Enterprise customers of BlackBerry’s smartphones and enterprise management software should find alternatives to the financially troubled company’s products over the next three to six months, according to a recently released Gartner report.
BlackBerry responded with a statement, saying: “We recognize and respect external parties' opinions on BlackBerry's recent news. However, many of the conclusions by Gartner about the potential impact of a sale or other strategic alternatives, are purely speculative."
The Waterloo, Ontario company, however, has not fared well during recent months. A brief timeline of its recent troubles include the disclosure of plans to lay off 4,500 of its 12,500 employees; a loss of $965 million in the second quarter of fiscal 2014; and a decline in revenue by 49% in fiscal Q2 from the previous quarter. Meanwhile, the company’s sale to Fairfax Financial Holdings of Toronto for $4.7 billion is pending.
Gartner analyst Ken Dulaney’s report, which the firm released to select BlackBerry enterprise customers, suggests several approaches to gradually de support BlackBerry.
Despite its dire situation, BlackBerry remains a presence in the enterprise. In August, Gartner conducted a poll of 400 business and IT leaders and found that 24 percent are on the BlackBerry platform. However, the respondents expected that number will decline to 9 percent by 2016, according to Computerworld.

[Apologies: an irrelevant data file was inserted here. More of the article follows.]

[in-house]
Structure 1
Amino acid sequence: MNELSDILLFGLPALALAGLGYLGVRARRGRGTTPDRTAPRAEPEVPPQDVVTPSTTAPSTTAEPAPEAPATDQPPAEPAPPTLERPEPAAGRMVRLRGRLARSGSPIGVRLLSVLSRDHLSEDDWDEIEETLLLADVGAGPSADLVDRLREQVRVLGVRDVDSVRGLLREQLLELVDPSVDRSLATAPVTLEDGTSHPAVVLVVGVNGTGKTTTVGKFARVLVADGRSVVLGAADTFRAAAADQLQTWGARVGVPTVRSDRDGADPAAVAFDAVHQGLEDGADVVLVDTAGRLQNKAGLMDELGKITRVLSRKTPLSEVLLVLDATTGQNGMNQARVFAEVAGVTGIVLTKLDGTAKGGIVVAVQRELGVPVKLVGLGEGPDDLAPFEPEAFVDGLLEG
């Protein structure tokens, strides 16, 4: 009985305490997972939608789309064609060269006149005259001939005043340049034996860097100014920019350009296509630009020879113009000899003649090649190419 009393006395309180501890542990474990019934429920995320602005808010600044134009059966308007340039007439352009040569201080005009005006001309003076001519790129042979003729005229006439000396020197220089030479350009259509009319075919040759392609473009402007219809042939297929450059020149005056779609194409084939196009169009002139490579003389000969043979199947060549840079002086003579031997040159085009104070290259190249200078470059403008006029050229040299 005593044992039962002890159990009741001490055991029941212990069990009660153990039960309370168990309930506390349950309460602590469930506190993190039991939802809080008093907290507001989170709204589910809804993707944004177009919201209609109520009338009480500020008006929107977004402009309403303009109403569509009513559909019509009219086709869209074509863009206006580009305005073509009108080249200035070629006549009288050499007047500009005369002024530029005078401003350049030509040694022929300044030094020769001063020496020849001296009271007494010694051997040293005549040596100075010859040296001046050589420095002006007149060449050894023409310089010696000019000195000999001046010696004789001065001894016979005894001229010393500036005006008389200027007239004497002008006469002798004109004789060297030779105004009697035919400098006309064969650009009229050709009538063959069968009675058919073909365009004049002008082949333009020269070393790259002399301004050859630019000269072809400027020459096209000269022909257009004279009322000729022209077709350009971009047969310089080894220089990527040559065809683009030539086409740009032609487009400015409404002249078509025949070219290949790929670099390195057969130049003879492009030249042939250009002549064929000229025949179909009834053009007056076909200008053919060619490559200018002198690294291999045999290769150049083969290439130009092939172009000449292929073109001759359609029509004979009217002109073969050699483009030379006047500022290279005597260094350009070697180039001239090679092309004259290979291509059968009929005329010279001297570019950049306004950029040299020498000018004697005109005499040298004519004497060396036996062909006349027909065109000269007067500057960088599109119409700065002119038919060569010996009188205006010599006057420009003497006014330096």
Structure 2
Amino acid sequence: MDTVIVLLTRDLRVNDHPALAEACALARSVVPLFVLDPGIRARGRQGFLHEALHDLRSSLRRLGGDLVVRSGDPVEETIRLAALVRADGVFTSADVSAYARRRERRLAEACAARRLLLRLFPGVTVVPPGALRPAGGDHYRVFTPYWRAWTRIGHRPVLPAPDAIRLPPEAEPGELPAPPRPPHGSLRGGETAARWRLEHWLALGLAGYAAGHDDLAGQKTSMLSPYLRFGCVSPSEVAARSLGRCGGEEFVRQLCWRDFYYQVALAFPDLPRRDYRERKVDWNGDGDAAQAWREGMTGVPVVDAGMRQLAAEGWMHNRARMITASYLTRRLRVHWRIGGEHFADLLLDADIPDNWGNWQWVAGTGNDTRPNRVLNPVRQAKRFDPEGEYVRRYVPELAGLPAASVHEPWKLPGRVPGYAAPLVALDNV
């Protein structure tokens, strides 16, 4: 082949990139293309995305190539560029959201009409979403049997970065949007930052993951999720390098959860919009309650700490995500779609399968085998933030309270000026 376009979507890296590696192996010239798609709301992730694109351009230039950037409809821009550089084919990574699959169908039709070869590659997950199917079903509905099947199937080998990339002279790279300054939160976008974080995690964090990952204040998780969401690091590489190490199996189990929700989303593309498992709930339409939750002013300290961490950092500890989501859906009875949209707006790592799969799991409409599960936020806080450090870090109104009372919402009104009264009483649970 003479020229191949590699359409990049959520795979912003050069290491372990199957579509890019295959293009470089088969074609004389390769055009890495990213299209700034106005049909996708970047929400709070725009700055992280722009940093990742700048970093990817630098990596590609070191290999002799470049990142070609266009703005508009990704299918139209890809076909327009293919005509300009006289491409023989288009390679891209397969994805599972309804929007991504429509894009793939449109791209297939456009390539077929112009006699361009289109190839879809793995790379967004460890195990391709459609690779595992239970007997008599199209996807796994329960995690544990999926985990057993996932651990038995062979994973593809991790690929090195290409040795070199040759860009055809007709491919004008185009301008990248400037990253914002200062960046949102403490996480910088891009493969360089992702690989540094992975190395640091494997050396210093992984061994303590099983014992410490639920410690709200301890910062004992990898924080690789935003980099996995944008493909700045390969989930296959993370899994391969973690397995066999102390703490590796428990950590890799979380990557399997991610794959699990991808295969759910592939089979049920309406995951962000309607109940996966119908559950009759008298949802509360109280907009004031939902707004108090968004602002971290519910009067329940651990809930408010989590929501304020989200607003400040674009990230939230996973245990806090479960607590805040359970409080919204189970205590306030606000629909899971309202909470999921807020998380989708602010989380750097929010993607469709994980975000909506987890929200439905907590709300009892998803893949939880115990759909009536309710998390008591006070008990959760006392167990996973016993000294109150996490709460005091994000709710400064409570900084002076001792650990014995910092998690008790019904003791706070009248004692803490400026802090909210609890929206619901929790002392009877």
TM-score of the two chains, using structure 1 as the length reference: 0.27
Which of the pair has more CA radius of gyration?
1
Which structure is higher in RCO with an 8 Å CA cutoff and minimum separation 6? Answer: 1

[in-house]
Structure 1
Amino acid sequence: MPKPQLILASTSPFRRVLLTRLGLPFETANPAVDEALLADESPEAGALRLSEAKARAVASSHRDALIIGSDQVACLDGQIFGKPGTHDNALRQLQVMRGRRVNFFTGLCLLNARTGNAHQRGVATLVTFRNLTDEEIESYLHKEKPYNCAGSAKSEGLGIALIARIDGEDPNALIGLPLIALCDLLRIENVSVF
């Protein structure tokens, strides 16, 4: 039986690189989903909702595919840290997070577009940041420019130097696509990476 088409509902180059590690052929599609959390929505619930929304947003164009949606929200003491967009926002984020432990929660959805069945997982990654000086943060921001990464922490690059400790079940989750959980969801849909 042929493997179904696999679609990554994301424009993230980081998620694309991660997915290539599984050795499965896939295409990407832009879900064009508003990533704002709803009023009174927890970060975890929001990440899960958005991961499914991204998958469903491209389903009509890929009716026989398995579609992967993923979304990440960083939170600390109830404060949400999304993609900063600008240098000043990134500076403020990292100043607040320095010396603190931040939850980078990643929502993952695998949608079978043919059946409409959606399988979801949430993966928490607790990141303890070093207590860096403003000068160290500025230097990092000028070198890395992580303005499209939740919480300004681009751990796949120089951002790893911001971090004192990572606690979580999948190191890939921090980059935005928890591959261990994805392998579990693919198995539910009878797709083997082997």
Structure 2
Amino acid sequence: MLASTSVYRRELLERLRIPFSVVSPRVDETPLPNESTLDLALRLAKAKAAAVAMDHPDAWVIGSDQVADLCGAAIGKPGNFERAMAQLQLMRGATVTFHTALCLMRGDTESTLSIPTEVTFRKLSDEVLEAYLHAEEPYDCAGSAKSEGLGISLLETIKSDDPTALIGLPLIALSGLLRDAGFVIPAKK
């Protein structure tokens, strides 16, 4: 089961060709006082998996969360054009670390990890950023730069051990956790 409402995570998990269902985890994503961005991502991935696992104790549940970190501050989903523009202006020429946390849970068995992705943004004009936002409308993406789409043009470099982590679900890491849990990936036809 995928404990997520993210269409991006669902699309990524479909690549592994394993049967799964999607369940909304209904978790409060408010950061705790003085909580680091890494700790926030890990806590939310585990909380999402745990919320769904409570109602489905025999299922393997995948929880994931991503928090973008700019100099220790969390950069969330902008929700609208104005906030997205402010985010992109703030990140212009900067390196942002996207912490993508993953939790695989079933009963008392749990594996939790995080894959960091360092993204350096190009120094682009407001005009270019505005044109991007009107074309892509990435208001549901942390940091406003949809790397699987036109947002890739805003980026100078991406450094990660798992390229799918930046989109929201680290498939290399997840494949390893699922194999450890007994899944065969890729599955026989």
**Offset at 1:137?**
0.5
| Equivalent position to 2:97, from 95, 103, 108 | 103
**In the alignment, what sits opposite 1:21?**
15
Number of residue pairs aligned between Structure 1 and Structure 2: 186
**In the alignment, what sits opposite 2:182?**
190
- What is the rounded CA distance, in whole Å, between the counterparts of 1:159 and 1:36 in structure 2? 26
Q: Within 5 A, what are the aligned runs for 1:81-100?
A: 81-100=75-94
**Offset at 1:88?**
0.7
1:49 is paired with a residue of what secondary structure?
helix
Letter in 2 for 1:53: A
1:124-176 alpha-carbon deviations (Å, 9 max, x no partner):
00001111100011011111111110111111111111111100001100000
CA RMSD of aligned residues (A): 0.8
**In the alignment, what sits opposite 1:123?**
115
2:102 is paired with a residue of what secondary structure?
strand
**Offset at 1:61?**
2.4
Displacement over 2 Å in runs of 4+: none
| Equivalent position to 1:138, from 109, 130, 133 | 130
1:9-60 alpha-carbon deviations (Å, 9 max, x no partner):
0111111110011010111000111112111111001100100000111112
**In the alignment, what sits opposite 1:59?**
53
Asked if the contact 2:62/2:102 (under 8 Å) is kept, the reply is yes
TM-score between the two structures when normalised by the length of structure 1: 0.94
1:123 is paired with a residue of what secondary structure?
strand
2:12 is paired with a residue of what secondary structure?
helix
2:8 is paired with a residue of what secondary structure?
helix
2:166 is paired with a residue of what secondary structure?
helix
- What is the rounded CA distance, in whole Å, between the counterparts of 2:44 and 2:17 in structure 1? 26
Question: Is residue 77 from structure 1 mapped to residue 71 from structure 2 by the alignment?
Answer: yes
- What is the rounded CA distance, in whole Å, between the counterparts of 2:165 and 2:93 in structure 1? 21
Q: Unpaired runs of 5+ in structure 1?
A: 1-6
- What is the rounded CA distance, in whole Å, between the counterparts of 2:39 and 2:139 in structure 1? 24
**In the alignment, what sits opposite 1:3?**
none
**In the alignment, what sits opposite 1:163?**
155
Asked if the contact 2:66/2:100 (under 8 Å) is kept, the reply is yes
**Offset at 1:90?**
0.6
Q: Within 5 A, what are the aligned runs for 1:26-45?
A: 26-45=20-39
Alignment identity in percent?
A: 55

The decline of the once-mighty BlackBerry offers a key takeaway for IT leaders: The importance of monitoring and periodically reviewing your vendors and service providers—and watching for troubled companies that, like BlackBerry, might be unable to fulfill your IT needs now or in the near future.
In the Middle East the BlackBerry used to have an dominant market share not only among corporate users but also as a consumer device, however in recent years both Apple and Samsung have taken the lead.
But where did BlackBerry go wrong? Analysts believe that its poor development environment (at least in the past) made it difficult for app developers to support BlackBerry while they were churning thousands of apps for iPhone and Android. The lack of apps (about 100,00 apps are available for BlackBerry but more than 700,000 for iOS and Android) ultimately caused many consumers to switch and forced corporate to provide BYOD type support for iPhone, Android and even Windows phone.
It is unlikely that the newly release Z30 is going to make any significant difference to BlackBerry’s declining market share despite its new features and capabilities.